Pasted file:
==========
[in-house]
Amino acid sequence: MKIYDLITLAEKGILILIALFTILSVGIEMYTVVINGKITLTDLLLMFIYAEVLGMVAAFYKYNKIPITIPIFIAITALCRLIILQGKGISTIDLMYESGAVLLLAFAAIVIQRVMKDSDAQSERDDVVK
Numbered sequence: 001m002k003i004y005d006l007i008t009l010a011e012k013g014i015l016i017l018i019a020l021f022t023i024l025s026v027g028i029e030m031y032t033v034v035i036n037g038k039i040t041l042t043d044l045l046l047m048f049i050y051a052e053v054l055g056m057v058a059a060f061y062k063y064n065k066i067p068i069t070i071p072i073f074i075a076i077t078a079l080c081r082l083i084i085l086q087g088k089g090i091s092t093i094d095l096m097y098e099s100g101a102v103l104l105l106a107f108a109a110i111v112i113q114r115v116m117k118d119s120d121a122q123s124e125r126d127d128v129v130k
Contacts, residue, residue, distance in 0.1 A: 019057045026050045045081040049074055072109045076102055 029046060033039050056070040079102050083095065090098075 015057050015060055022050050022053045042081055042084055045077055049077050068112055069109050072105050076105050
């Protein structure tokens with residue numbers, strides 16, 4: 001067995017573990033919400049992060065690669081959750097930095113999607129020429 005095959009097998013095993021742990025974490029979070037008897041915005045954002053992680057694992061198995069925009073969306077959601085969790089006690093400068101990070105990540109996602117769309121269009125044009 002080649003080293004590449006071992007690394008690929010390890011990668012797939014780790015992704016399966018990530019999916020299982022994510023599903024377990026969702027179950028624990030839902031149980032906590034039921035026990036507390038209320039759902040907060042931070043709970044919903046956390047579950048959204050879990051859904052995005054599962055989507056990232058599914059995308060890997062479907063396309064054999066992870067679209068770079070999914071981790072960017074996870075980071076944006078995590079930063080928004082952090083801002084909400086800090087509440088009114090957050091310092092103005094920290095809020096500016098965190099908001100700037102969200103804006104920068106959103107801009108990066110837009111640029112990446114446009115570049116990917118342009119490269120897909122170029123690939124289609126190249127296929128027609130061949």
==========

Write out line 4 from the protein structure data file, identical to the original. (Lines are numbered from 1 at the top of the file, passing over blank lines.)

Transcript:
Contacts, residue, residue, distance in 0.1 A: 019057045026050045045081040049074055072109045076102055 029046060033039050056070040079102050083095065090098075 015057050015060055022050050022053045042081055042084055045077055049077050068112055069109050072105050076105050